Higher and Higher

Drug Cocktails— Pleasures, Risks, and Reasons

"I've seen people do E and when the E doesn't work, they do K and GHB, and drink. And then they fall on the floor in convulsions," said one bartender who has worked at some of the druggiest hot spots in New York. "It's very scary. It's to do with how bad the person's reality is, and how bad they want to escape from it."

Disco polypharmacy involves risk. Nobody knows how safe some of these mixtures really are. Some say that not necessarily all combinations are bad for you— for instance, partygoers claim that swallowing Ecstasy followed by LSD (known as "candy flipping") can be extremely therapeutic. "I've interviewed a lot of people about the practice . . . and I have had no reports of any adverse physical or psychological effects from the combination, other than the limited adverse effects that can be caused by taking each drug separately," says Dr. Katherine Bonson, a psychopharmacologist at the National Institute of Mental Health. But other combos— say, the mix of alcohol, GHB, and ketamine referred to as a "Special K-lude"— appear more fraught with peril.

Still, finding out authoritatively which blends are chancey is difficult because of the paucity of reliable scientific research. What happens, for instance, when you take AIDS medications with MDMA, a common combo in gay clubs? How important is individual genetics in determining how a person metabolizes various drugs? Why can one person die from combining E and K, while a hundred others will swear it's one of the most life-affirming highs available, particularly when you sniff K after ingesting the E? Conclusive answers are not easy to find. For one thing, pharmaceutical companies don't test products for bad reactions with illegal substances.

Chemist and author Dr. Alex "Sasha" Shulgin, who wrote the drug bibles PIHKAL (Phenethylamines I Have Known and Loved) and TIHKAL (Tryptamines I Have Known and Loved) and rediscovered MDMA in the early '70s, points out that "There's been precious little clinical study done on these drugs individually, and in combination, virtually nothing— because of the 'War on Drugs,' no one in a position of authority will approve it. In our day and age, there's no way you can set up a study of the physical-pharmacological action of something that's illegal."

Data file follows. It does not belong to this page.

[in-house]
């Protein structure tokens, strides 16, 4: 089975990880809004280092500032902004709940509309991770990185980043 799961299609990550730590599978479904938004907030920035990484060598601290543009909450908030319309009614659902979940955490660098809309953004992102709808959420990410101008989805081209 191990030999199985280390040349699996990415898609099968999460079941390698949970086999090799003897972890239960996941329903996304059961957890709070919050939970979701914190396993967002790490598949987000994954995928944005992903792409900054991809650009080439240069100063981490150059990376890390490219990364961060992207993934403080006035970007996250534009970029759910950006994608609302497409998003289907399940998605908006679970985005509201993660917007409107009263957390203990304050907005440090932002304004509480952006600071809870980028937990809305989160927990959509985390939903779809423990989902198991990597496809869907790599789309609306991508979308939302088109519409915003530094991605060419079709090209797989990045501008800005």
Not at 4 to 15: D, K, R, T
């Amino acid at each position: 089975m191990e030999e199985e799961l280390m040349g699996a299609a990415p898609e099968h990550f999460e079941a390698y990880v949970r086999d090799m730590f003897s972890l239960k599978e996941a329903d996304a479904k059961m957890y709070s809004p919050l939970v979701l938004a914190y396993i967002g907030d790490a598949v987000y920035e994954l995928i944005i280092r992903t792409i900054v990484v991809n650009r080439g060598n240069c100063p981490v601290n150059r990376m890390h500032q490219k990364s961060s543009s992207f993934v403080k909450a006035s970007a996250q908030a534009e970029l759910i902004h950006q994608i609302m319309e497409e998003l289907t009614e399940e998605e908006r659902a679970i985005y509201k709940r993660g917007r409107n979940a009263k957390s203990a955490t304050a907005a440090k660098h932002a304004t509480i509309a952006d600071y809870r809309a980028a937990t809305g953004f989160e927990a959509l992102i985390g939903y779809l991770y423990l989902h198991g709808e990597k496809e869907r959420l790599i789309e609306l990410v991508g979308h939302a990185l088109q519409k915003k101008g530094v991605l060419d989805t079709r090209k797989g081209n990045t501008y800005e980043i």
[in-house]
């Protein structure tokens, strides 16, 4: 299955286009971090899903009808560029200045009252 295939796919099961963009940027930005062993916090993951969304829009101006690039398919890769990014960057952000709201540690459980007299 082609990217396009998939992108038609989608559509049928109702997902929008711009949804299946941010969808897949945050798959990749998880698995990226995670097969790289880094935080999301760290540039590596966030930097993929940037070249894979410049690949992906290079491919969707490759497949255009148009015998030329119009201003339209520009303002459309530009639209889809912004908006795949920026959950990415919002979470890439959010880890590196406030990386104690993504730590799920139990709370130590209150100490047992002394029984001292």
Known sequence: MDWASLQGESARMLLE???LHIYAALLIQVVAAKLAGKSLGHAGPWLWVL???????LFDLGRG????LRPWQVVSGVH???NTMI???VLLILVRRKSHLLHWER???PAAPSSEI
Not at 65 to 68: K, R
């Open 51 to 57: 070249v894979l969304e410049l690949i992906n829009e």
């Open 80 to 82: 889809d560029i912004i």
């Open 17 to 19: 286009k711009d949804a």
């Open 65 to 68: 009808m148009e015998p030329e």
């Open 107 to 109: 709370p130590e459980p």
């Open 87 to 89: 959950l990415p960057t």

Filling the knowledge gap left by authorities are the inevitable rumors— urban myths about how MDMA drains your spinal fluid, or how acid is cut with rat poison. Of course, there's always the Internet, which features acres of information about illegal pharmaceuticals. But figuring out how much of that info is reliable is frustrating.

"Because it's so difficult to do above-ground research, there's been this flourishing of semi-informed underground research," says Rick Doblin, founder of MAPS (the Multi- Disciplinary Association for Psychedelic Studies), which in 1996 conducted a chemical analysis of Ecstasy samples taken from clubs and raves, and found that roughly half the hits contained no MDMA whatsoever. The good news (available on Doblin's Web site, www.maps.org) is that the stuff the bogus E was cut with— Sudafed, caffeine, cough suppresant, chalk— isn't that harmful.

Dr. Bonson is another source of dependable data. For the last five years, she has conducted an ongoing nonclinical Internet survey (at her e-mail address, kbonson@codon.nih.gov) of people who mix illegal with prescription drugs, focusing on the interaction between hallucinogens and antidepressants.

"If you were on Prozac, or other SSRIs [Seratonin Selective Re-Uptake Inhibitors], what happened was there was a diminishment of response to drugs like LSD and MDMA," she reveals. "That's in contrast to people taking Lithium or a tricyclic antidepressant, who had a much greater response to the hallucinogens, to the point where some lapsed into an unpleasant fugue state where they didn't know where they were."

But the most hazardous concoction she found was Ecstasy and MAO inhibitors like Nardil. "The combinations," she warns, "can produce an extremely dangerous increase in blood pressure known as hypertensive crisis. Which can lead to death."

Alex Shulgin spearheaded the current polydrug boom with his pioneering work in the '60s on the synthesis of new psychoactive substances, which he tested on himself. He and his wife, Ann, also a researcher, submit that drug combinations interact in two different ways: potentiation and synergism. Potentiation is when one drug increases the activity of another; synergism is when each drugs enhances the activity of each other.

As an example of synergism, the Shulgins cite what they regard as the benign practice of taking MDMA followed a couple hours later by other psychedelics like ketamine or 2CB. "The best effect is when coming down off the MDMA, take a lower dose of 2CB," advises Ann. In this way, Ecstasy boosts the action of the 2CB.

By contrast, as an example of potentiation, the Shulgins refer to the popular clubland combo of alcohol and the liquid steroid GHB. Both drugs are depressants which slow down the nervous system. When taken together, the alcohol greatly increases the GHB's potential for inducing a coma.

Like a Boy Scout, Dexter (not his real name) always comes prepared. A self-described high-school nerd who, with aid of gyms and chemicals, blossomed into a sex magnet, he takes his drugs seriously. A typical Saturday night for the thirtysomething software executive begins around 8 p.m. with a hearty meal, to sustain him for the night ahead. Around midnight, back at his apartment, he takes a hit of Ecstasy. He also consumes Ammodium AD (because MDMA gives him diarrhea), followed by Carbo-Force, a liquid carbohydrate supplement.

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